How to get around in Rome

The question ‘How to get around in Rome’ is a challenge for tourists who create a journey without help of travel agencies. It’s no less important than booking a hotel and buying airline tickets. It’s better to have a plan of what you would like to visit. It will be easier to choose the right way of travelling based on your preferences.

The best variant to learn more about Rome is on foot. This choice of moving gives you an opportunity not to be nervous in traffic jams and to feel the atmosphere of local life. It’s also the cheapest way to get around the capital of Italy. You don’t need wait for any public transport and follow the schedule. However, travelling on foot it’s impossible to visit Vatican City and some other historical sights if your hotel in in the center of Rome. One more bonus of go sightseeing on foot is exercising. You can eat as much pizza and pasta as you want and stay fit.

Travelling on foot

cheap exhausting
interesting lingering
no stressful (no impatient drivers and no traffic jams) limited

Tips for travelling on foot:

  • Be sure in your English or Italian.
  • Choose the most comfortable shoes.
  • Look the weather forecast beforehand.
  • Charge your camera and mobile to maximum.
  • Use google maps and feel free to ask locals where to go.

The second variant how to get around Rome is renting a car. This choice gives your comfortable moving without crowds of other tourists in a transport. It’s also an opportunity to see more sights for one day because you can overpass long distances. Remember that for travelling by car you must have an International Driver’s Permit. You should be ready for difficulties in parking within historic city center. Choose renting a car if you can ignore impatient and fast Italian drivers. But don’t drive if your goal is to enjoy stress-free holidays.

Travelling by car

fast stressful
private expensive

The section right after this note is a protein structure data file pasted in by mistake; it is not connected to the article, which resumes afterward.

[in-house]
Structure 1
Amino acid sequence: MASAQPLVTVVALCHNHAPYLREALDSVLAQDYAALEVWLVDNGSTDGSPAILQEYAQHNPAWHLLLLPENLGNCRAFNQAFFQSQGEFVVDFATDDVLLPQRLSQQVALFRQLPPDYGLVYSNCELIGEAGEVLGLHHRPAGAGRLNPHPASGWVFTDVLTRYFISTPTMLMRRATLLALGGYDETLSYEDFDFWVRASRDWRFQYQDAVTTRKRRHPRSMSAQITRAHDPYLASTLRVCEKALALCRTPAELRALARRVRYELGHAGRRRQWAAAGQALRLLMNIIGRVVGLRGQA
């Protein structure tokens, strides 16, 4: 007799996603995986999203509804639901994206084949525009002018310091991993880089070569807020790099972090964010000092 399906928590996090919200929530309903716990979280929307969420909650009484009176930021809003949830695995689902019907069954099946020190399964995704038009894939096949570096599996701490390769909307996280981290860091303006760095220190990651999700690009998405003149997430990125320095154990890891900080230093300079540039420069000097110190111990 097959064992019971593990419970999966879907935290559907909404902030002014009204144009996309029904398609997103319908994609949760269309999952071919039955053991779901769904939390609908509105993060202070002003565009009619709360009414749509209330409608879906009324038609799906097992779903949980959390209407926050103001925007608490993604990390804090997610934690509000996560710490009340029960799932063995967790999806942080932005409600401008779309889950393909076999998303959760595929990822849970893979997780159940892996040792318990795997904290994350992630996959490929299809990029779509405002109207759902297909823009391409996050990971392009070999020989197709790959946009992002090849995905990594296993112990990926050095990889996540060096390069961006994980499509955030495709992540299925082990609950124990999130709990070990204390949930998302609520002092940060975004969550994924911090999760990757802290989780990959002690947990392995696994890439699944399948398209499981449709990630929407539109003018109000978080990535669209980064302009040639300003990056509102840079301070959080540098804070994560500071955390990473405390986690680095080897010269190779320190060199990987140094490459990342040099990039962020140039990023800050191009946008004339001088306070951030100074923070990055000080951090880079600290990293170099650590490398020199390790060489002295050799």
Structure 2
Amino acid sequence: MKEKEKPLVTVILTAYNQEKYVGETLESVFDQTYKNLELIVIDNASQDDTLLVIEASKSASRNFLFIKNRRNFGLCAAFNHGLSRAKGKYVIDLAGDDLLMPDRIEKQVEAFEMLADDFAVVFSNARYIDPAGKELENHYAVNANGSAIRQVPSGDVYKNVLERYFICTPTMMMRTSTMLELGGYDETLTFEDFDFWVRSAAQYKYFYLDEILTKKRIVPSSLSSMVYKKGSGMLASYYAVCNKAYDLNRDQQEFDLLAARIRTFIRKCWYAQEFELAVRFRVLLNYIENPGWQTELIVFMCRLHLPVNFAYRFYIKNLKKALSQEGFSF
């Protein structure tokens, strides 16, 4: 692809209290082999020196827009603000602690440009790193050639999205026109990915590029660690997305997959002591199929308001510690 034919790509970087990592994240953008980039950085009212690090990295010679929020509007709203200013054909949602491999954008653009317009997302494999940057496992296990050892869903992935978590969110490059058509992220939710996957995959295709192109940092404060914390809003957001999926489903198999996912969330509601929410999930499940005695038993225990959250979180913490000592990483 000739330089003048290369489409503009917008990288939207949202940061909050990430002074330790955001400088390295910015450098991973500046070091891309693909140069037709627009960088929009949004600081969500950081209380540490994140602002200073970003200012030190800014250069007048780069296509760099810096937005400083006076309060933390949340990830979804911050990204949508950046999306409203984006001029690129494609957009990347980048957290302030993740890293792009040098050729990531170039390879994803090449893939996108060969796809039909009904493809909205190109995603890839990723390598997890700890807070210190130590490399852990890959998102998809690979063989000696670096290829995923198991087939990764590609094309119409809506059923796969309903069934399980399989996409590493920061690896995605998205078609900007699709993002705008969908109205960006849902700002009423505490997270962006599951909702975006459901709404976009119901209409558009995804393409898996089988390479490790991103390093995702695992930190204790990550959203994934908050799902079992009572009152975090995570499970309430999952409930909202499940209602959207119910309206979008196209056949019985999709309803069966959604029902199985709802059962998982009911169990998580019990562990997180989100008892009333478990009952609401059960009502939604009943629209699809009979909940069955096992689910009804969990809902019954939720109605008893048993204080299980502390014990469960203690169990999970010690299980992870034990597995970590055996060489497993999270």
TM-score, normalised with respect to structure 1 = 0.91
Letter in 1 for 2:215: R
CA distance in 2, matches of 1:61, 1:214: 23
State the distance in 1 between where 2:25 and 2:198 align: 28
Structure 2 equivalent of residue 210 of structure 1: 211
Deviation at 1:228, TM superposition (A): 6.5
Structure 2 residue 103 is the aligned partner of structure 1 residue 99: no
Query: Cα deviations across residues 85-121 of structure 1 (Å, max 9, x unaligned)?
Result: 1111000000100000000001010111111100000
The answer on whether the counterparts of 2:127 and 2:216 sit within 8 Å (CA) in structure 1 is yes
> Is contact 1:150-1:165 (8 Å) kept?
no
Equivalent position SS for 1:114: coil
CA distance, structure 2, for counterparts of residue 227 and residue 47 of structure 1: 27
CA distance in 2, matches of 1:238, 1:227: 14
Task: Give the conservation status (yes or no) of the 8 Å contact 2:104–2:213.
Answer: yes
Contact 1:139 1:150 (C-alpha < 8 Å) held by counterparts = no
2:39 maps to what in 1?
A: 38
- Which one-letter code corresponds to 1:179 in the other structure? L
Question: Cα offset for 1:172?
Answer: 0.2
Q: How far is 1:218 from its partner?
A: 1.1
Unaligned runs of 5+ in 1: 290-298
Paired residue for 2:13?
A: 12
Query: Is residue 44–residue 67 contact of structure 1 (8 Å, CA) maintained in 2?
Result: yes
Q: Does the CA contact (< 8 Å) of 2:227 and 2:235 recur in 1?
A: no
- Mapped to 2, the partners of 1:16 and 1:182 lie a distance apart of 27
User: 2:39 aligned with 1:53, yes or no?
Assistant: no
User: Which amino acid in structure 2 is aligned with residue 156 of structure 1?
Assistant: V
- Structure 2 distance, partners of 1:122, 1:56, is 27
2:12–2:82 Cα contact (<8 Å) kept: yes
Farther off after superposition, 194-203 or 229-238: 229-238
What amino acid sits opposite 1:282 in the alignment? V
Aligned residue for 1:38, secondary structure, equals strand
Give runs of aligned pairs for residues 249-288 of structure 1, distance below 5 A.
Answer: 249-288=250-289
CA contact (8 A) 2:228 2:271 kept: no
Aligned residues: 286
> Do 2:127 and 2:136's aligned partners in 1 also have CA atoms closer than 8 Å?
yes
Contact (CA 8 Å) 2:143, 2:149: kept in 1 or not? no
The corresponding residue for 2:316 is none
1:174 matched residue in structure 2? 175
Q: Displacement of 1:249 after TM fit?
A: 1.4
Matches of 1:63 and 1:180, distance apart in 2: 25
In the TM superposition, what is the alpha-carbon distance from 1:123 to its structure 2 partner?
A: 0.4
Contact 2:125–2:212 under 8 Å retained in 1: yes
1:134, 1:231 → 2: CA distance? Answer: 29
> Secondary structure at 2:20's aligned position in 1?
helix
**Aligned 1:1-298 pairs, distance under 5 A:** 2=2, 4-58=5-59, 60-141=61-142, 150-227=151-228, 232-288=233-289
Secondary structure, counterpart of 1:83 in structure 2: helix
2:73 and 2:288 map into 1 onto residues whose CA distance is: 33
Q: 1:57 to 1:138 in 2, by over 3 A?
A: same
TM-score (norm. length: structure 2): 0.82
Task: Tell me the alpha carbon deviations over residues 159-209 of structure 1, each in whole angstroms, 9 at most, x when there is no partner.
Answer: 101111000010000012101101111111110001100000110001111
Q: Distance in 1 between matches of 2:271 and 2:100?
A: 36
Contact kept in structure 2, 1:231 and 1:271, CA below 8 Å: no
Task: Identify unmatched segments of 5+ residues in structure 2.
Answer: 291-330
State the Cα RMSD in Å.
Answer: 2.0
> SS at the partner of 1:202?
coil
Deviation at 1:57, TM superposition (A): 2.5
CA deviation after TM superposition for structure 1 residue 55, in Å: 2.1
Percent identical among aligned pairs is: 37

comfortable dangerous

Tips for travelling by car:

  • Have money for fines.
  • Be sure in your driving skills.
  • Read Italian traffic laws in advance.
  • Check if you have the international driver’s permit.

If you don’t have the driver’s license but prefer moving by car, choose a taxi. A driver will watch the road instead of you and there will be more opportunities to enjoy views outside. It can be expensive enough with frequent use. Italian drivers may be very friendly and you can learn a lot about life of locals and their habits. But it’s a human factor and a driver may be aggressive and impatient.

Travelling by taxi

a good variant in a pandemic expensive
a friendly conversation with an opportunity to practice your English or Italian impatient drivers
traffic jams

Tips for travelling by taxi:

  • Have time in reserve.
  • Be patient to drivers’ emotions.
  • Have time to pay more than the declared cost.

If you prefer public transport or you just don’t have the driver’s license, buses and trams are good enough for sightseeing. You should be ready crowded conditions aboard because this type of travelling is one of the cheapest. Traffic jams can also spoil the impression of Rome if you are late for excursions. The main benefit of public transport is price. Different types of tickets will help you to save much money.